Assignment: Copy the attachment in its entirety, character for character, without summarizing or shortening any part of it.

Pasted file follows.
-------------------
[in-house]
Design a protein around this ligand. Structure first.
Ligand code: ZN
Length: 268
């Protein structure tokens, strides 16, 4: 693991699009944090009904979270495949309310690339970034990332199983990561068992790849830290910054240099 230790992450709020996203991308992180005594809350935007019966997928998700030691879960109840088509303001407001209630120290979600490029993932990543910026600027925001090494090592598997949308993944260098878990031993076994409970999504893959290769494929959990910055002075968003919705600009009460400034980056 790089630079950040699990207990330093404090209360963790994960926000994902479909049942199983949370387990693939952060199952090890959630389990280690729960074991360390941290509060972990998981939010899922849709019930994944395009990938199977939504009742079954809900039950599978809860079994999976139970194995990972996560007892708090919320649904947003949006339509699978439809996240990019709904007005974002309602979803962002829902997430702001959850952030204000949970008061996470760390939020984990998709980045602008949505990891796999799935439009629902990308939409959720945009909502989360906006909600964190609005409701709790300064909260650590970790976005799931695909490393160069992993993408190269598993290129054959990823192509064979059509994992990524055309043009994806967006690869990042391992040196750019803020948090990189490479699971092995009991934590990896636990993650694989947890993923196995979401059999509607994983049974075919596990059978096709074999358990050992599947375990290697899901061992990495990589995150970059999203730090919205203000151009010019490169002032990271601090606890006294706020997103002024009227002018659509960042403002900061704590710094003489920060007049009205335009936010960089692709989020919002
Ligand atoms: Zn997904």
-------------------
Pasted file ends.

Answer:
[in-house]
Design a protein around this ligand. Structure first.
Ligand code: ZN
Length: 268
């Protein structure tokens, strides 16, 4: 693991699009944090009904979270495949309310690339970034990332199983990561068992790849830290910054240099 230790992450709020996203991308992180005594809350935007019966997928998700030691879960109840088509303001407001209630120290979600490029993932990543910026600027925001090494090592598997949308993944260098878990031993076994409970999504893959290769494929959990910055002075968003919705600009009460400034980056 790089630079950040699990207990330093404090209360963790994960926000994902479909049942199983949370387990693939952060199952090890959630389990280690729960074991360390941290509060972990998981939010899922849709019930994944395009990938199977939504009742079954809900039950599978809860079994999976139970194995990972996560007892708090919320649904947003949006339509699978439809996240990019709904007005974002309602979803962002829902997430702001959850952030204000949970008061996470760390939020984990998709980045602008949505990891796999799935439009629902990308939409959720945009909502989360906006909600964190609005409701709790300064909260650590970790976005799931695909490393160069992993993408190269598993290129054959990823192509064979059509994992990524055309043009994806967006690869990042391992040196750019803020948090990189490479699971092995009991934590990896636990993650694989947890993923196995979401059999509607994983049974075919596990059978096709074999358990050992599947375990290697899901061992990495990589995150970059999203730090919205203000151009010019490169002032990271601090606890006294706020997103002024009227002018659509960042403002900061704590710094003489920060007049009205335009936010960089692709989020919002
Ligand atoms: Zn997904």